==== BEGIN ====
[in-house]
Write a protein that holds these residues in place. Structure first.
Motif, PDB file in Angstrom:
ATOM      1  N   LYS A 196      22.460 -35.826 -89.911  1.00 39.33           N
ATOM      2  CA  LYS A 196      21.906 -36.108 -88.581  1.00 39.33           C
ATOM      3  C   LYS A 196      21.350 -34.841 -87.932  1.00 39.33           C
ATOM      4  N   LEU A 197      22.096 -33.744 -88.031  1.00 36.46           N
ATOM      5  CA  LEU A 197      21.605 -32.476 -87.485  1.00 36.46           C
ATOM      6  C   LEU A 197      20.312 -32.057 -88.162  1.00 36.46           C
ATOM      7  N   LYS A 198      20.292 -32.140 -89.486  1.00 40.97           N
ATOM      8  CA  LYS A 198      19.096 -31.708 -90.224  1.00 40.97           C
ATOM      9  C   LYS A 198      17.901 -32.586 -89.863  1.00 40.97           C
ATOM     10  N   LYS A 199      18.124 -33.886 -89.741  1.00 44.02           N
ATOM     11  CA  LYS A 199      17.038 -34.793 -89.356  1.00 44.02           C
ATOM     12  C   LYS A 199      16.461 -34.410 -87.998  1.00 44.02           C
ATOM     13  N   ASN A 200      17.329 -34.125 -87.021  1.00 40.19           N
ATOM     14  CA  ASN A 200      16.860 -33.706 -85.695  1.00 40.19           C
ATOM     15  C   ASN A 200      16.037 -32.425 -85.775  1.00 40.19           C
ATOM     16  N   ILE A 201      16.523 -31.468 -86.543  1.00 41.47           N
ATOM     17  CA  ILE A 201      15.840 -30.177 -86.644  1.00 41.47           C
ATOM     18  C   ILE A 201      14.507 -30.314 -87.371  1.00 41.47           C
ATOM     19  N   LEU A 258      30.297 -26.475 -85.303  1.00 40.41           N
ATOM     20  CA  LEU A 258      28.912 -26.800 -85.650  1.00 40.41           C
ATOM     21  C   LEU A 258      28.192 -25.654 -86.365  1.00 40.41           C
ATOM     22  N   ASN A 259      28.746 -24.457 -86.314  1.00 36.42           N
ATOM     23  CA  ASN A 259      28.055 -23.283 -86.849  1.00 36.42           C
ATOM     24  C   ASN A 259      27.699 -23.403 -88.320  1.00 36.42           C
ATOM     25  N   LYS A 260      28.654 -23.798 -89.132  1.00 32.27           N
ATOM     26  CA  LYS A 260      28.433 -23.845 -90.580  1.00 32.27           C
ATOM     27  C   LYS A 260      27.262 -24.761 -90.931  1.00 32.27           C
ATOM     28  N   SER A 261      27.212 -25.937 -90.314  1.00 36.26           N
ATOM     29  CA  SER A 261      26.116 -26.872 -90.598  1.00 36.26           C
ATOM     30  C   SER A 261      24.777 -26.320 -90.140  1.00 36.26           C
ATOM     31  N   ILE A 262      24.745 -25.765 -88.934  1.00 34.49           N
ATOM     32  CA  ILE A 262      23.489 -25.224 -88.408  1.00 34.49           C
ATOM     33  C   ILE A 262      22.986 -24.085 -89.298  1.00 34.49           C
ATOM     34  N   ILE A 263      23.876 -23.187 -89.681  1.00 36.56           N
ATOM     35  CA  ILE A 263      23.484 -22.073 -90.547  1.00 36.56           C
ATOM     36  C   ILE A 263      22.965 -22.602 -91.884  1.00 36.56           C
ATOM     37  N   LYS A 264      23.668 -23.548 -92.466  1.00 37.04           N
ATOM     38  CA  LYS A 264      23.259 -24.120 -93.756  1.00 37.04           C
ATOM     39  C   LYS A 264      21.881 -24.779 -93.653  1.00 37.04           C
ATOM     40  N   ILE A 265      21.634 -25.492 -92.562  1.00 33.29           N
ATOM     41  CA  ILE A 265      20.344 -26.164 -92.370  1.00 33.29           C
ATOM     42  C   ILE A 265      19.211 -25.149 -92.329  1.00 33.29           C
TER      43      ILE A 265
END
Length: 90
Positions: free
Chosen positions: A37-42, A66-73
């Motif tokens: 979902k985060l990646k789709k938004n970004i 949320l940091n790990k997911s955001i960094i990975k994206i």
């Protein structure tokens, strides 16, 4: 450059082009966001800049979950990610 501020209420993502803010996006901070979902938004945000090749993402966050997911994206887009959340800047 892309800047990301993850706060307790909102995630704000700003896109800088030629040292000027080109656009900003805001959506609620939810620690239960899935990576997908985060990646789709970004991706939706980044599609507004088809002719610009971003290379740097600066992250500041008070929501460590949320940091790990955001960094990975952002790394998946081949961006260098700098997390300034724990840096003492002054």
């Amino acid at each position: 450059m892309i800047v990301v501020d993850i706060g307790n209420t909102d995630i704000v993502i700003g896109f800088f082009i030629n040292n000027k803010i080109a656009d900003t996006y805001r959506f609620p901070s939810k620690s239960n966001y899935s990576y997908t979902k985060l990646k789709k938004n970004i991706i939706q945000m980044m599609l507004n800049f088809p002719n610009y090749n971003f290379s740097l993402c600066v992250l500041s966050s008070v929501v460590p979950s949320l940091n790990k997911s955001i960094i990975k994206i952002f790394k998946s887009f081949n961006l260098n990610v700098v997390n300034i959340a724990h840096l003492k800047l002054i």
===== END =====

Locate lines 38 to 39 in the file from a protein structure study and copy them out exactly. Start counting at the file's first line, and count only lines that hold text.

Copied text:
ATOM     35  CA  ILE A 263      23.484 -22.073 -90.547  1.00 36.56           C
ATOM     36  C   ILE A 263      22.965 -22.602 -91.884  1.00 36.56           C